How a New Malspam Attack is Determined to Hack a Bank

By Homer Pacag, Security Researcher at Trustwave

Using malware infected spam (or malspam for short) to attack targets is one of the oldest tricks in the cybercriminal book, but attackers frequently use old techniques with new twists to catch victims out.

In August, our threat detection team uncovered an unusual, new approach to malspam in a campaign that appeared to be exclusively targeting banks.

We first spotted the campaign in mid-August, and it reappeared again later in the month. The attack used the ever-popular technique of sending a malware-infected fake invoice to targets to trick them into opening the file and executing hidden malware.However, this came with a new development we hadn’t seen before.

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Rather than the usual infected Word or PDF documents, the attackers instead used Microsoft Publisher, a program generally reserved for editing a document’s layout rather than composing and editing a simple file like an invoice. Seeing a .pub document with a filename like “Payment Advice” was unusual enough to prompt a more in-depth investigation from our team.

The hidden malware

Opening the attached .pub will prompt the user to “Enable Macros”, which may appear as “Enable Editing” or “Enable Content” in some older versions of Microsoft Publisher. Accepting the command will activate a hidden download link for a self-extracting archive containing a backdoor tool known as the FlawedAmmyy RAT (Remote Access Trojan).

FlawedAmmyy has been used in attack campaigns since 2016, usually targeting specific companies in industries such as the automotive sector. A large attack was detected in July 2018, this time using PDF documents.

Based on the leaked source code of a remote access admin tool, the malware has several abilities including a remote desktop tool and a file system manager. Once a machine has been infected with FlawedAmmyy, the attacker is able to remotely take control and perform a number of malicious actions. They can begin exfiltrating data or installing further malware with other capabilities and can use the compromised machine to email other users at the organisation under the guise of the commandeered email address.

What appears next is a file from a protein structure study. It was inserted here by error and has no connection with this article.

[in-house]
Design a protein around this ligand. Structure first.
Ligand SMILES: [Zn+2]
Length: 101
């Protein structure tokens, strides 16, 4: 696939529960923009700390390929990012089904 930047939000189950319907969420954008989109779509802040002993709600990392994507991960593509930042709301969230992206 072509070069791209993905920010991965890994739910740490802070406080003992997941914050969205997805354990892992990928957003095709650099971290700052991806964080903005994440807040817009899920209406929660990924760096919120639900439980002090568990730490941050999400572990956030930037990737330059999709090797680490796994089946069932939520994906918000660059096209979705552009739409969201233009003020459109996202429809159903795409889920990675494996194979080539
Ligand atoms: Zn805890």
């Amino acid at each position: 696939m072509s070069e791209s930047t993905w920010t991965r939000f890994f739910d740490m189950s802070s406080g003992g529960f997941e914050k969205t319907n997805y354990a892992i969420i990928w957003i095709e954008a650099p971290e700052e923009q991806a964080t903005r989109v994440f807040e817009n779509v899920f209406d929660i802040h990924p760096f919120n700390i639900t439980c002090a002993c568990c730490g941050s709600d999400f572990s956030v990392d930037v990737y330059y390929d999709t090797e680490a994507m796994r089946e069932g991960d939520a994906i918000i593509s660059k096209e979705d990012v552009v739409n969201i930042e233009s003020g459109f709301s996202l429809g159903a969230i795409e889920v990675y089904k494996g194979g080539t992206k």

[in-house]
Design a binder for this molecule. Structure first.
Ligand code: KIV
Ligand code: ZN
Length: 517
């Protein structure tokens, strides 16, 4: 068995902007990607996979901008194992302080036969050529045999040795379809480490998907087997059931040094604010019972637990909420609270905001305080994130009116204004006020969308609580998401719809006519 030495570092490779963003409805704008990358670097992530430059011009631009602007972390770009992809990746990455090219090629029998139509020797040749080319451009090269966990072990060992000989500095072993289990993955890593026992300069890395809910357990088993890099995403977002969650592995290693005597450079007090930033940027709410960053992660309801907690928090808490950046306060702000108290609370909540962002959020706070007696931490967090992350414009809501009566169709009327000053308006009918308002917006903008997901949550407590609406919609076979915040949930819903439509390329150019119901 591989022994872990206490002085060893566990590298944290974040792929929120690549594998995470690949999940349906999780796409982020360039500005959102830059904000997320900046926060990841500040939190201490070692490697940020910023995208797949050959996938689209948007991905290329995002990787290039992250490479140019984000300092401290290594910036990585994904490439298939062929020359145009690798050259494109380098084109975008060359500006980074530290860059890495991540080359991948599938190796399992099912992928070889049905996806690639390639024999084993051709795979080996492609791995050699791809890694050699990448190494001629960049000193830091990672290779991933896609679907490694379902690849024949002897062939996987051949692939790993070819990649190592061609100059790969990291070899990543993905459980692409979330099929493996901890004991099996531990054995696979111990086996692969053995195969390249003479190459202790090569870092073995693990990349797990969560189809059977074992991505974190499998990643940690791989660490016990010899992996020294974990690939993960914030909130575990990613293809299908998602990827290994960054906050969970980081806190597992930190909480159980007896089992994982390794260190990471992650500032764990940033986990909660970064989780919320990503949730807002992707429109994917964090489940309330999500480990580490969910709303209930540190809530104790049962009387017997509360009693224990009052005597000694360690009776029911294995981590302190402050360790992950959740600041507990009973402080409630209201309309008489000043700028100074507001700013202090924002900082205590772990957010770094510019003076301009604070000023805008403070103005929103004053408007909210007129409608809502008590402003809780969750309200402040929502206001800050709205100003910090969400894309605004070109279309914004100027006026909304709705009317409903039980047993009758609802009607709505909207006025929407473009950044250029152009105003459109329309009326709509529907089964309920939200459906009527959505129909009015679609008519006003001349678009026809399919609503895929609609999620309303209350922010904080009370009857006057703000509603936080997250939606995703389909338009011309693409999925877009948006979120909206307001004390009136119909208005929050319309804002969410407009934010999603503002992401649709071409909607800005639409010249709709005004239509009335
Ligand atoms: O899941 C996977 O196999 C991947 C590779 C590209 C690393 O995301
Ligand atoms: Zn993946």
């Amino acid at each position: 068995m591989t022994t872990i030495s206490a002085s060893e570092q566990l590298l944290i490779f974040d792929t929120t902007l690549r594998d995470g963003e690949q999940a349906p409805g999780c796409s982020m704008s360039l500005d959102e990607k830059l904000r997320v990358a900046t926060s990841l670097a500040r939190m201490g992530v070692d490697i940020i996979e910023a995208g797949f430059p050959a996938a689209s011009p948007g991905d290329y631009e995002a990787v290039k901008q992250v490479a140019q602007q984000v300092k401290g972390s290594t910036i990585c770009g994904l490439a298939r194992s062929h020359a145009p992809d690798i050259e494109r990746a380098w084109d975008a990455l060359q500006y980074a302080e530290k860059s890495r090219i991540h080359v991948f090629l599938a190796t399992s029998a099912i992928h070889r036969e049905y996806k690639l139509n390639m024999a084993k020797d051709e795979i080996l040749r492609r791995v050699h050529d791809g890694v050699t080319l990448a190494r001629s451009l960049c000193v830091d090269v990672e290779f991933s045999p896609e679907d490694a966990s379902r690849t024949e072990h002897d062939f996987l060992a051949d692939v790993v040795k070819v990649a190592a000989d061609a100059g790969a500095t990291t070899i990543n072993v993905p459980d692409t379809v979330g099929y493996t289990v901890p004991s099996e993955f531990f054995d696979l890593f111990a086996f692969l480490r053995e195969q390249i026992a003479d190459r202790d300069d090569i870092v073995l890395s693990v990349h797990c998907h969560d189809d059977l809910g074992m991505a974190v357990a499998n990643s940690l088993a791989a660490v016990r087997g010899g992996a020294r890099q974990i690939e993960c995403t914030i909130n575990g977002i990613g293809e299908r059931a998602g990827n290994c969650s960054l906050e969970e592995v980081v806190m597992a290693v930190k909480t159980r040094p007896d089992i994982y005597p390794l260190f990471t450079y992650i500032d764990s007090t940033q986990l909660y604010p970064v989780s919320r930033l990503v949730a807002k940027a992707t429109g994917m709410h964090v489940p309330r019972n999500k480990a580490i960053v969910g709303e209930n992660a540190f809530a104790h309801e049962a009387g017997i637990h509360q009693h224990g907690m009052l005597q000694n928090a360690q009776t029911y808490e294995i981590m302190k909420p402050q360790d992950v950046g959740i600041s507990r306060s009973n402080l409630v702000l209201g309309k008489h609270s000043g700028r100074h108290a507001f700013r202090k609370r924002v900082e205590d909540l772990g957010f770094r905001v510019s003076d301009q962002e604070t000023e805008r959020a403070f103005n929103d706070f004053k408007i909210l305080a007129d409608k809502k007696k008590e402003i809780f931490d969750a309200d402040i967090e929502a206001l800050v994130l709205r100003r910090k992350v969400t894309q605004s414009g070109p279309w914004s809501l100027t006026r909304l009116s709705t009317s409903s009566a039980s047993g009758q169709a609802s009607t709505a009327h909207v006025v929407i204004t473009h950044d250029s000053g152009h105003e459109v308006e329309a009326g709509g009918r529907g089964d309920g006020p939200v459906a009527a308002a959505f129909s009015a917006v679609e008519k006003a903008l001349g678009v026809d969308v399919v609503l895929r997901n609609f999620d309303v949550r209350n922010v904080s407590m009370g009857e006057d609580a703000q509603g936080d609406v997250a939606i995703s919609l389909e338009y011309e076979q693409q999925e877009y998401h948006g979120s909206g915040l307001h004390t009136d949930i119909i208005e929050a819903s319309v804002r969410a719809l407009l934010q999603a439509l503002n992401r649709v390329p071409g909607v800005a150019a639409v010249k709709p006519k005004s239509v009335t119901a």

What makes this attack different?

The use of .pub files rather than normal.docs or PDFs makes this campaign rather unusual. We can’t be certain of the attacker’s motivation for the switch up, but it appears to come as part of a prolonged campaign using different techniques. With further investigation, it quickly became apparent that this group have been repeatedly experimenting with their attack method in recent months.

A week after the initial discovery, we found the campaign had re-emerged, this time with the Windows Publisher files being embedded within a PDF. Hiding executable items inside a PDF is a popular tactic with this group, and the same technique was used for most of the previous FlawedAmmyy attacks.

After some further digging, we were able to identify several different cases likely stemming from the same attackers. They all used the FlawedAmmyy malware embedded in documents and were exclusively targeting banks, but frequently changed other elements, such as using different subject lines and other file types like Excel IQY.

It also appears that the campaign originates from the notorious Necurs botnet, which has been responsible for several very large-scale malware distribution campaigns over the last couple of years, for example WannaCry which hit the NHS in May 2017. However, this most recent example is notable for being of a much smaller scale and only targeting domains belonging to banks.

Should banks be worried?

The amount of evidence we have uncovered so far indicates that this group is very persistent in their goal of infecting a banking organisation with the FlawedAmmyy malware. This is unsurprising as compromising an endpoint device within a bank with the remote access trojan is something of a holy grail for a cybercrime group. A successful infection would potentially allow for further attacks, including stealing large amounts of confidential data, transferring funds, or even accessing the banking system itself.

After the recent spree of different attack patterns, we can anticipate that the attackers will continue to experiment with different combinations of file types and text until they are finally able to successfully infect a bank with malware.

Banks around the world should be on their guard for the appearance of this attack. As with past malspam attacks, this latest campaign relies on poor user awareness to succeed. Banks should consider strengthening their security training so that all users are aware of the threat posed by unknown files in their inbox. There should be a clear policy in place about handling and reporting and suspicious emails.

Taking it a step further, banks should also ensure they have the ability to closely inspect inbound document files at the email gateway. This will enable them to detect hidden files and macros that have been embedded within apparently benign files. It may also be advisable to block files like Excel IQY at the email gateway as they are increasingly being used to evade security measures and execute malware downloads.

Research also contributed by Phil Hay, Research Manager, Trustwave

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